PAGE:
So posting a link = trafficking, according to the judge. This is not a good outcome (though it could have been worse for Barrett), and sets a terrible precedent.

(Also, Quinn Norton is female.)
posted by FrauMaschine at 9:36 PM on January 23, 2015 [2 favorites]

it's not a big leap from that verdict to the idea that clicking retweet on the wrong person's tweet is a federal offense.

Especially now that both Twitter and Facebook share stuff you've favorited/liked with your followers/friends without your consent.
posted by RobotVoodooPower at 9:48 PM on January 23, 2015 [5 favorites]

I think the judge used an analogy comparing giving a link to giving a burglar keys to a house, instead of what it really is, which is providing an address. That's a fundamental misunderstanding of how things work.
posted by bashos_frog at 9:51 PM on January 23, 2015 [4 favorites]

Yep. (And the prosecution compared it to both trafficking in child pornography and dealing drugs.)

Tim Rogers' article in D Magazine gives a great overview of the proceedings, and includes in a footnote Mr. Brown's lengthy allocution statement (speech to the court at sentencing), which was quite the tour de force and is well worth reading in full:

"This is not the rule of law, Your Honor, it is the rule of law enforcement, and it is very dangerous."
posted by FrauMaschine at 9:57 PM on January 23, 2015 [6 favorites]

we are harmless. like, for realsies you guys.
posted by thsmchnekllsfascists at 11:56 PM on January 23, 2015

It's entirely possible to think the guy was a scumbag who deserves prison time for aiding and encouraging cracking, concealing evidence and threatening a Fed while trying to cloak himself in the legitimacy of being a reporter - and still be troubled by the way the prosecution was handled and sentencing from a tech illiterate judge.

Being imprisoned for the wrong reasons is not good, even if he probably should be for the right reasons - because next time, it might be for the wrong reasons when someone doesn't deserve it, such as Aaron Swartz.

From FrauMaschine's link:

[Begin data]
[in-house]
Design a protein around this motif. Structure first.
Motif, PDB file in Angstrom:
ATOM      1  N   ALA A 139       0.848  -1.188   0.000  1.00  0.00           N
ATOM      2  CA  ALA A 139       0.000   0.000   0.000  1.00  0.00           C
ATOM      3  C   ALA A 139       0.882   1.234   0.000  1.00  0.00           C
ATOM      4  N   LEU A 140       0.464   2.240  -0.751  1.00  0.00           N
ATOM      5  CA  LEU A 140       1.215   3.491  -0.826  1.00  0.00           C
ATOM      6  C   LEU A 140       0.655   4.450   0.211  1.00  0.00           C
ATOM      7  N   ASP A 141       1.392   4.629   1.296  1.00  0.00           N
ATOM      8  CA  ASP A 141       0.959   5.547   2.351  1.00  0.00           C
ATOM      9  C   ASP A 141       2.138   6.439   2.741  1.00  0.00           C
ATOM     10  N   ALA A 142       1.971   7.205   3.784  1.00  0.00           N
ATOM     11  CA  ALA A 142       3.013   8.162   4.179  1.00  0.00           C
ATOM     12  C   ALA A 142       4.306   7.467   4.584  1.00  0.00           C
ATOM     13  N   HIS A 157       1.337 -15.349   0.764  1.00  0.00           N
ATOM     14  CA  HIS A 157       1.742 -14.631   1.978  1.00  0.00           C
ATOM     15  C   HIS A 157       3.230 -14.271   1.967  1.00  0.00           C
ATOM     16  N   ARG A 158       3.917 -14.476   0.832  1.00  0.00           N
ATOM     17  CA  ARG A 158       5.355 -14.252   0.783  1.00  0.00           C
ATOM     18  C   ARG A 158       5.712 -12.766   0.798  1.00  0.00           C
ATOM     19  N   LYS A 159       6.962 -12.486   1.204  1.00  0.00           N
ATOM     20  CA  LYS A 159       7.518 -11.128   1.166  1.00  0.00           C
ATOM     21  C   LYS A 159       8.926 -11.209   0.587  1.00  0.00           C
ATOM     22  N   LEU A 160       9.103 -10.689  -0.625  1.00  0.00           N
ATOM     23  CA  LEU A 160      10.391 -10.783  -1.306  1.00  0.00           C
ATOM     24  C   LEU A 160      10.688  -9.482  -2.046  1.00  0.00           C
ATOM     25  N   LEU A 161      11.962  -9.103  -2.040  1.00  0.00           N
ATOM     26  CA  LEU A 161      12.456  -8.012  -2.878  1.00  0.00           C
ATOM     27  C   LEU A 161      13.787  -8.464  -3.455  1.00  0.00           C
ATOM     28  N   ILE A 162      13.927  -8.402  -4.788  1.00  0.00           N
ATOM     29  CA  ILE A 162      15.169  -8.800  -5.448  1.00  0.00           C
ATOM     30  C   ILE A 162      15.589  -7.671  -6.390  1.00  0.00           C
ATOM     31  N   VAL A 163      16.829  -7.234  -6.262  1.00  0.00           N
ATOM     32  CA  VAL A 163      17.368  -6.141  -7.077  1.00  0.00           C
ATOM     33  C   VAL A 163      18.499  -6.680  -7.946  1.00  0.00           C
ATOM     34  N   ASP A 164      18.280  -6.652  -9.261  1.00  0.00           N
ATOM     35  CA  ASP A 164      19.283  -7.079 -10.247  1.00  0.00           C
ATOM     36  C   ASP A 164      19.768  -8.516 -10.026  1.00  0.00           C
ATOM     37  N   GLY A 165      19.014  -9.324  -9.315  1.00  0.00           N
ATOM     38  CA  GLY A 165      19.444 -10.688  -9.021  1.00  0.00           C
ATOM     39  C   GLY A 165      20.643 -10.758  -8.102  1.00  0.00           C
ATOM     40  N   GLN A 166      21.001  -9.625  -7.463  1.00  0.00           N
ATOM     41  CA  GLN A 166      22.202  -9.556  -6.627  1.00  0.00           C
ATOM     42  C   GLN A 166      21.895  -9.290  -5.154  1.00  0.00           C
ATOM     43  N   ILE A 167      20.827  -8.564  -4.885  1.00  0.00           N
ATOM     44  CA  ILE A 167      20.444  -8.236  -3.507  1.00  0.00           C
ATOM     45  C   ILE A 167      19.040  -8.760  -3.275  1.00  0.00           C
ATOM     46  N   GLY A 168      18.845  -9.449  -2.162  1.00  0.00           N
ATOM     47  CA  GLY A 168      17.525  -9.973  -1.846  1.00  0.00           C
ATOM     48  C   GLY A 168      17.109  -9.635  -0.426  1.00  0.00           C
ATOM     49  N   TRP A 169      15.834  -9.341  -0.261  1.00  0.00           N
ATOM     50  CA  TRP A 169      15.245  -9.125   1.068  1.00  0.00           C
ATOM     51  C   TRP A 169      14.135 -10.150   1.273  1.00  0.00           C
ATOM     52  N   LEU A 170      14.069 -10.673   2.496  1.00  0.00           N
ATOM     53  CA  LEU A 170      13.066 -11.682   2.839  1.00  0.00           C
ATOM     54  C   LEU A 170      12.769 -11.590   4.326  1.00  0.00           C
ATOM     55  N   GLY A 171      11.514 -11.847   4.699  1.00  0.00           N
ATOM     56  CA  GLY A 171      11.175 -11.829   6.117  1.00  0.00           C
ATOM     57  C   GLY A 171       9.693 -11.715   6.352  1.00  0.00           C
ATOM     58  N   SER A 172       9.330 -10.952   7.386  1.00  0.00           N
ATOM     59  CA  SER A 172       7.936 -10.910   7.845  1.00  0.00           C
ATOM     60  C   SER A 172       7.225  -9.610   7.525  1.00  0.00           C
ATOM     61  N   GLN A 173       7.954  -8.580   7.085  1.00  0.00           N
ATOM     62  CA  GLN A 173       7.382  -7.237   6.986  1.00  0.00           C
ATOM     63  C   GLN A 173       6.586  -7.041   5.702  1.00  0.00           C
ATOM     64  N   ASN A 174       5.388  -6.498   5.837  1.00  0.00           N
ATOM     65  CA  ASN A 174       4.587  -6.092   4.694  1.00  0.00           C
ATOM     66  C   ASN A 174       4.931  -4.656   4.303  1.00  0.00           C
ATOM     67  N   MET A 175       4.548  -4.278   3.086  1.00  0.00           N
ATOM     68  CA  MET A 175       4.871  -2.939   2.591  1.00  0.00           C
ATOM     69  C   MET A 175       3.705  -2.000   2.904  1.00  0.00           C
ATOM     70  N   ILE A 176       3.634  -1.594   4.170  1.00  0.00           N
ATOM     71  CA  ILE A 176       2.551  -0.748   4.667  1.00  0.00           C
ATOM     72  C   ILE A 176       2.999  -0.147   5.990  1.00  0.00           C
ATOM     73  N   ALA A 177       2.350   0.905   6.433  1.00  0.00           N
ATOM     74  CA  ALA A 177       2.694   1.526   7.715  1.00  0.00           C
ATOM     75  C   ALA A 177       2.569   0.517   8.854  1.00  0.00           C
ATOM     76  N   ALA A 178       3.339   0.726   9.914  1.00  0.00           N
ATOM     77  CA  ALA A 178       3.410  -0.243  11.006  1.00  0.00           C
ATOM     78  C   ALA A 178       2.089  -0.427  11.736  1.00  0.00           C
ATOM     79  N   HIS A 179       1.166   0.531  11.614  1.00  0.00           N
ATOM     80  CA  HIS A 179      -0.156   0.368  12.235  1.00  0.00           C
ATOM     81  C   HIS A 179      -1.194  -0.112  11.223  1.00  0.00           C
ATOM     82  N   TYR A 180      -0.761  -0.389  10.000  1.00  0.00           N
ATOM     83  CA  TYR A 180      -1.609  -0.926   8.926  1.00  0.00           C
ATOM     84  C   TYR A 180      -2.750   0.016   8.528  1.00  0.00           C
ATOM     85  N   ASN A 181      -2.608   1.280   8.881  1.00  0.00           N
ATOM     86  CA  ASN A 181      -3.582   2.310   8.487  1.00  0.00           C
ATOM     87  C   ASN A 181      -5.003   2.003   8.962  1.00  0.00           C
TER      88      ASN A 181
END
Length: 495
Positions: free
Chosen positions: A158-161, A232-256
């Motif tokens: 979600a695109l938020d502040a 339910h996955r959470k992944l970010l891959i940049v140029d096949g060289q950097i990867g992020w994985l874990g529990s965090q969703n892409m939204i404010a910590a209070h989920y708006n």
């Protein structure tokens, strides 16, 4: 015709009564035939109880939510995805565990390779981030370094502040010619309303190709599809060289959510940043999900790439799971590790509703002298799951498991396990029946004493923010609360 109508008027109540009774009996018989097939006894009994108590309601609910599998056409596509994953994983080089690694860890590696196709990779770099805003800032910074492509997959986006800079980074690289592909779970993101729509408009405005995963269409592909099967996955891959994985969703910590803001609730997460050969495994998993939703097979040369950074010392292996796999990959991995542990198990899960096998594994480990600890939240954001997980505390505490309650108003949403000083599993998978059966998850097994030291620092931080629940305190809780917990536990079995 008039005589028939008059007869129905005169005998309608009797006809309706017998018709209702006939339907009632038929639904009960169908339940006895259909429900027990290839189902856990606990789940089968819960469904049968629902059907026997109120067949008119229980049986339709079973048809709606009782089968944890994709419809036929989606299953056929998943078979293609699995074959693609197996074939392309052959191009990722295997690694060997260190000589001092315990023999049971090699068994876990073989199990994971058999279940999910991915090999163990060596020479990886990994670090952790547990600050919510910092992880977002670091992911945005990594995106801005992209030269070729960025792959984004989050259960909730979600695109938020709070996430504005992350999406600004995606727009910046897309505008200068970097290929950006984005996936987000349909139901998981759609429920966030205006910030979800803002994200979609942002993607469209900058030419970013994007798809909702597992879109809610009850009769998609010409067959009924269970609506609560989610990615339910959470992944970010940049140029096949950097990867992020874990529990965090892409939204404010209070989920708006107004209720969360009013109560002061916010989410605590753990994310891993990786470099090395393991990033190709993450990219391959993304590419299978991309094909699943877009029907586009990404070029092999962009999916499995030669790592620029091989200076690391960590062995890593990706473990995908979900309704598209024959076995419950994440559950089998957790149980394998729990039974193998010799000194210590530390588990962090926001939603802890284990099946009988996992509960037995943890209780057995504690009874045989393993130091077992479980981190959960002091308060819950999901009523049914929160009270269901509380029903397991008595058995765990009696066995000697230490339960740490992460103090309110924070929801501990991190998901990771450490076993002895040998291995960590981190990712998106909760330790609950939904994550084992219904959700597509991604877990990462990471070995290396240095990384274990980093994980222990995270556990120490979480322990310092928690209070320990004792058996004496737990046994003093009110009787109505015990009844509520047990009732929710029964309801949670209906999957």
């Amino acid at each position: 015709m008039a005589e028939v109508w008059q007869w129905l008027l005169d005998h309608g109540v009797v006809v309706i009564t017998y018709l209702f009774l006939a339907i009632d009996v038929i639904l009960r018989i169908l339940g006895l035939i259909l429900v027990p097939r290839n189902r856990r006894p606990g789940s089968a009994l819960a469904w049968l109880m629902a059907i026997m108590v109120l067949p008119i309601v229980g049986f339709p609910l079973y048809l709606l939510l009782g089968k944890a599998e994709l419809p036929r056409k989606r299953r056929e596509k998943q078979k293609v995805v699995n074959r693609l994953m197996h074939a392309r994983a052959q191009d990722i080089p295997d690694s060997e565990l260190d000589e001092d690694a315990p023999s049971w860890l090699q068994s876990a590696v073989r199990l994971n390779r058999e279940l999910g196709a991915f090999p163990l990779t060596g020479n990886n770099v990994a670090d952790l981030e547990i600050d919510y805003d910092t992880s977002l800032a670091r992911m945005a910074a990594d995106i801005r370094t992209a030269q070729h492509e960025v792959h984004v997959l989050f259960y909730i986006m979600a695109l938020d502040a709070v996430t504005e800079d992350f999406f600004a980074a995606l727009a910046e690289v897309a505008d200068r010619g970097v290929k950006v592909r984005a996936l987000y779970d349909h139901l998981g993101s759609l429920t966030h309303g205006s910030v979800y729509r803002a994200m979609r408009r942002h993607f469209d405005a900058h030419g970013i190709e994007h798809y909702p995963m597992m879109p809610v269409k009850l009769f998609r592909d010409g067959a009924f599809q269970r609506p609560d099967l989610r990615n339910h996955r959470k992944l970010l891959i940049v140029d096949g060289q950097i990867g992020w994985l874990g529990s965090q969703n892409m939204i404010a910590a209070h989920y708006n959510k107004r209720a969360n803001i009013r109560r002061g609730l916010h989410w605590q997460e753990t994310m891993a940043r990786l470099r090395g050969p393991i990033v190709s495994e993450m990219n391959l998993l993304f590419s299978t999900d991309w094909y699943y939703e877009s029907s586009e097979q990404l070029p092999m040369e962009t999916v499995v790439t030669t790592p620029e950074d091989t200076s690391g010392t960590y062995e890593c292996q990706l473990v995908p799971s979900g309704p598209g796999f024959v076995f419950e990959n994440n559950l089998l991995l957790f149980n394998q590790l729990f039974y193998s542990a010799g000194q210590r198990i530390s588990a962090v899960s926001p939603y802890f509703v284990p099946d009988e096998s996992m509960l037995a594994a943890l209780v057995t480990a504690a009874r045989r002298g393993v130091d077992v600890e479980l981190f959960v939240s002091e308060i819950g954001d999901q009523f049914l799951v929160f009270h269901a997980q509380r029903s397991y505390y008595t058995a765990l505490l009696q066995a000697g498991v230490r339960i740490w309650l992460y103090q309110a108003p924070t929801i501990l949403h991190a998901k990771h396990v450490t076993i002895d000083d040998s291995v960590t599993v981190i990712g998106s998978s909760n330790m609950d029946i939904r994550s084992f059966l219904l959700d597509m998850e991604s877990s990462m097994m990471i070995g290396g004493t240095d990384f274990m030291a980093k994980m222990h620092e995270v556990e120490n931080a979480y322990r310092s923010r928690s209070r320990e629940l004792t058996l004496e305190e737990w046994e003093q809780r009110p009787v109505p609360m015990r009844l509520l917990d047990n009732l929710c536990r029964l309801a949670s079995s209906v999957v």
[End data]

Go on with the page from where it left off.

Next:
The reason we couldn’t just say “those charges were dropped” yesterday is because under federal law, a judge is technically allowed to sentence a defendant based on conduct that was uncharged, charged and dismissed or even charged and acquitted! That’s because the standard of proof at trial is beyond a reasonable doubt while the standard of proof at sentencing is by a preponderance, i.e. more likely than not. Thus, a jury could find you not guilty of certain conduct because the government didn’t prove beyond a reasonable doubt that you actually did what was charged, even if the jury believed that you probably did it. It’s the same with dismissed conduct. The government can dismiss charges if it wishes, but if the court thinks you probably did it, you can still be sentenced based on those charges. That is a hard concept for non-lawyers to understand because it seems patently unfair. Essentially, the government loses but then gets to punish you anyway. That’s what happened here, essentially. The government dismissed the trafficking charges and then successfully argued to the court that Barrett’s sentence should be enhanced for trafficking for having linked to the Stratfor data.
posted by ArkhanJG at 2:39 AM on January 24, 2015 [3 favorites]

I wonder how helpful Norton's call for clarification will be when our President seeks to prosecute future Barrett Browns (and those who retweet them) with racketeering charges.
posted by RobotVoodooPower at 7:07 AM on January 24, 2015 [1 favorite]

All, thanks for the correction about Quinn.

ArkhanJG, I'm familiar with the legal reasoning and I'm not really concerned about the fairness as much as the court thinking "he did it". As Fraumaschine noted earlier, its equating linking to trafficking which is an incorrect analogy and will lead to all sorts of bad legal outcomes for perfectly normal (legal) behaviors.
posted by herda05 at 9:15 AM on January 24, 2015 [2 favorites]

Woah - just reading that text of the new proposed law for increasing penalties on hackers --

18 U.S.C. § 2513
(b) Civil Forfeiture